15 points, 4 assists, three rebounds. While that might be a promising statline for a rookie, it’s certainly below expectations for the Memphis Grizzlies’ Ja Morant. With the Phoenix Suns’ Mikal Bridges draped over the sophomore guard, many observers might’ve been worried about Morant’s performance, especially on the heels of an embarrassing loss against the Oklahoma City Thunder.
On the other hand, the film tells a different story. In reality, Morant’s outing against the Suns was fairly decent. Shooting woes aside, I’d even go far as to say he put on a playmaking display worthy of being applauded. But Adam, you ask. Four assists? We’re applauding a point guard for four assists? As a matter of fact, we are–though Ja’s direct assist numbers are lower than you’d expect from a passing savant, his playmaking created a myriad of opportunities that would pop up in the statsheet on a normal night.
Take this beauty of a skip pass as an example. Morant sees Mikal Bridges take a few extra steps towards the restricted area in an attempt to cover Jonas Valanciunas, so Ja expertly swings the ball to the weak side corner. It’s a wide open look for Desmond Bane, a 44% three-point shooter–he just so happens to airball it.
Follies off of Morant’s dimes didn’t just happen from the perimeter either. On this baseline drive, Morant sucks in Bridges, Devin Booker, and Jae Crowder towards him, leaving a wide open spot for Kyle Anderson to put up a close-range floater. There’s no way this shouldn’t be an assist. Unfortunately for Morant (and really the entire roster), the Anderson miss is indicative of a team-wide off night.
So that’s two would-be assists for the Murray State alum, both coming off of anomalous mistakes from his teammates. But let’s shift our focus to the Grizzlies’ made baskets, as that’s an even clearer way to see how Morant’s playmaking created opportunities for his teammates.
Morant and Jonas Valanciunas sniffed out early that the Suns were going to switch their pick-and-roll actions. As such, they got to work creating mismatches against the Phoenix defense, sticking smaller defenders on the Lithuanian big. JV steamrolled his way to 11 points and nine rebounds in the first quarter, but Morant’s efforts weren’t as rewarded in the box score. Plays like the following are a great example of why–Morant draws Ayton to defend his floater, and Valanciunas only has to contend with 6’6” Crowder to take care of the mess. Though Morant creates this opportunity, he’s only credited with the missed shot.
Though the last example followed a simple pick and roll, the Grizzlies excelled at making these mismatches last for entire sets. On this next action, Ayton never gets back to Valanciunas despite the Grizz taking nearly ten seconds to get him a look on the low block. Unfortunately for Morant, his Lithuanian compadre catches a case of the butterfingers, so the play goes down as yet another would-be assist.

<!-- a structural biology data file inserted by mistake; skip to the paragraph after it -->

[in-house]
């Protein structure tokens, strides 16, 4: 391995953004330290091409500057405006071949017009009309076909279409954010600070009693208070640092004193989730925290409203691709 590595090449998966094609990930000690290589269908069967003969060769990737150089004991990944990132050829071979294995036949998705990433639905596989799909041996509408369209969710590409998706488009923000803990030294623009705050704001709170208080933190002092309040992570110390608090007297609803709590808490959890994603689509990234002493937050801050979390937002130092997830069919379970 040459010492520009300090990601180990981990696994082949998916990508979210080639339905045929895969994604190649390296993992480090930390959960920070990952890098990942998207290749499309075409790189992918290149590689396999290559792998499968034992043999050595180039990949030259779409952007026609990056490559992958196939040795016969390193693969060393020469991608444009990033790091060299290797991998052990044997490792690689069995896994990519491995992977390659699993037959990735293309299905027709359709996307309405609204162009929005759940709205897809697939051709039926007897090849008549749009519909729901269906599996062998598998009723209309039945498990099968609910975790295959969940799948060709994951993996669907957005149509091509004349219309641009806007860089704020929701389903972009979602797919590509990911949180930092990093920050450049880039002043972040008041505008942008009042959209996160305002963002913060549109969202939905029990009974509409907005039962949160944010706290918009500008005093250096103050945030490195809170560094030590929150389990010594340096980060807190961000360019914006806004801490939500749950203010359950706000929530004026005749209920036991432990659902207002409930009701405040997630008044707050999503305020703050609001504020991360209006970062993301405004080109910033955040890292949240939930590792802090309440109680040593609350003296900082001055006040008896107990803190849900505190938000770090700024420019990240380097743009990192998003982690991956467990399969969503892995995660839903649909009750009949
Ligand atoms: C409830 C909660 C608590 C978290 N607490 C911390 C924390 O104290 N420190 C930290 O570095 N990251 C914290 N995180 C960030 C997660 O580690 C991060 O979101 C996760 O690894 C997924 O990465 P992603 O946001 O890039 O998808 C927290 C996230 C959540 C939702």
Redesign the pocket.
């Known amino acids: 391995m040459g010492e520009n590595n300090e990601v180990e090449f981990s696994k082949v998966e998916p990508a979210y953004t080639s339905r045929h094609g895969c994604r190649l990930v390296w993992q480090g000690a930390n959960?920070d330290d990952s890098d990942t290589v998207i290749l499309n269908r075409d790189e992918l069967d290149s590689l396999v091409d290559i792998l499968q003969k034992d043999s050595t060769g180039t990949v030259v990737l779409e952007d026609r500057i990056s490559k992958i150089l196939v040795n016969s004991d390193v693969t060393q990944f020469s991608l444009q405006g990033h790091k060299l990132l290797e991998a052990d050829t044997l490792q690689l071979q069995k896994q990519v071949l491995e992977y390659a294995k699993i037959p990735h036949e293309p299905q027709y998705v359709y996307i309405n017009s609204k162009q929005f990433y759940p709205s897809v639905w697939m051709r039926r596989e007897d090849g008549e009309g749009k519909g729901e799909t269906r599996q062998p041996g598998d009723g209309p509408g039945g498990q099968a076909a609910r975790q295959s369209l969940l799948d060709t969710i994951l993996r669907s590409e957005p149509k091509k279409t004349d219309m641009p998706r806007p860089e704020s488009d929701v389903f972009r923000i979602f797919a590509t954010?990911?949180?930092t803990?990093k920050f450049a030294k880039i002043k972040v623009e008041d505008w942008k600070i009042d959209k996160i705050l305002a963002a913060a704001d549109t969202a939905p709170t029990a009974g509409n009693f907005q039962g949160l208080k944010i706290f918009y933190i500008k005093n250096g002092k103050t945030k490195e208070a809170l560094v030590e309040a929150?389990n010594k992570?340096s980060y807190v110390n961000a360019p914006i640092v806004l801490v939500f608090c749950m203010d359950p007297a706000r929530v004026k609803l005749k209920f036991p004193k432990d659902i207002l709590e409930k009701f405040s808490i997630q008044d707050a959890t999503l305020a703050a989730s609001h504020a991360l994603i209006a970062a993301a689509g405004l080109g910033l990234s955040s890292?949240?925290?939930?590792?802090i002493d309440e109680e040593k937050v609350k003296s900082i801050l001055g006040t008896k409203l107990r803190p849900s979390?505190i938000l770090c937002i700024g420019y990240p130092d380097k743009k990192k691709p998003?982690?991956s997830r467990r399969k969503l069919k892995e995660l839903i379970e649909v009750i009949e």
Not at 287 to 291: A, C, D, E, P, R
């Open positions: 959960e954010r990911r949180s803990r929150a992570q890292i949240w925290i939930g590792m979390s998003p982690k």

Unfortunately, mistakes and miscommunications were a tenet of Memphis’ final regular season outing against the Suns. Defensively, the team never seemed to be moving as a unit. Here, Dillon Brooks and Tyus Jones can’t agree on which one of them is picking up Chris Paul until the Suns are careening into their action, forcing the Grizzlies to switch rookie Xavier Tillman onto a point guard who’s made his career draining mid range jumpers over larger defenders.
It may seem like I’m being nitpicky, but this is CP3 we’re talking about. Memphis’ two defenders with their backs turned at midcourt are practically a welcoming committee for the veteran point guard. Against a team as high-profile as the Suns, mistakes like this won’t fly if you’re already punching upwards.
Meanwhile, the Grizzlies’ offensive woes often came down to miscommunication. They only turned the ball over 11 times, but the Suns managed to score sixteen points off of those turnovers, meaning each mistake proved costly for Memphis. Take this first quarter turnover as a representative–Valanciunas thinks Desmond Bane is going to flare out for a triple, and though I’m not sure what the rookie ends up doing (his cut practically puts him on the crash course with Morant), the ball ends up sailing out of bounds, cutting off precious momentum. Shortly after this turnover, the Suns went on a 12-5 run.
So, there’s no great worry in Grind City. Off nights are to be expected, especially playing the hottest team in the league on the rough end of a back-to-back. However, given that the team still has to play ten more of them, the Grizzlies’ execution on the first leg of back-to-back series is a crucial factor in their quest for a playoff berth. Patch over the mistakes, and I’m fairly confident the team will be a factor in May. Fail to improve the team’s blunders, and the team will be in for a lot of nights like Monday’s drubbing.
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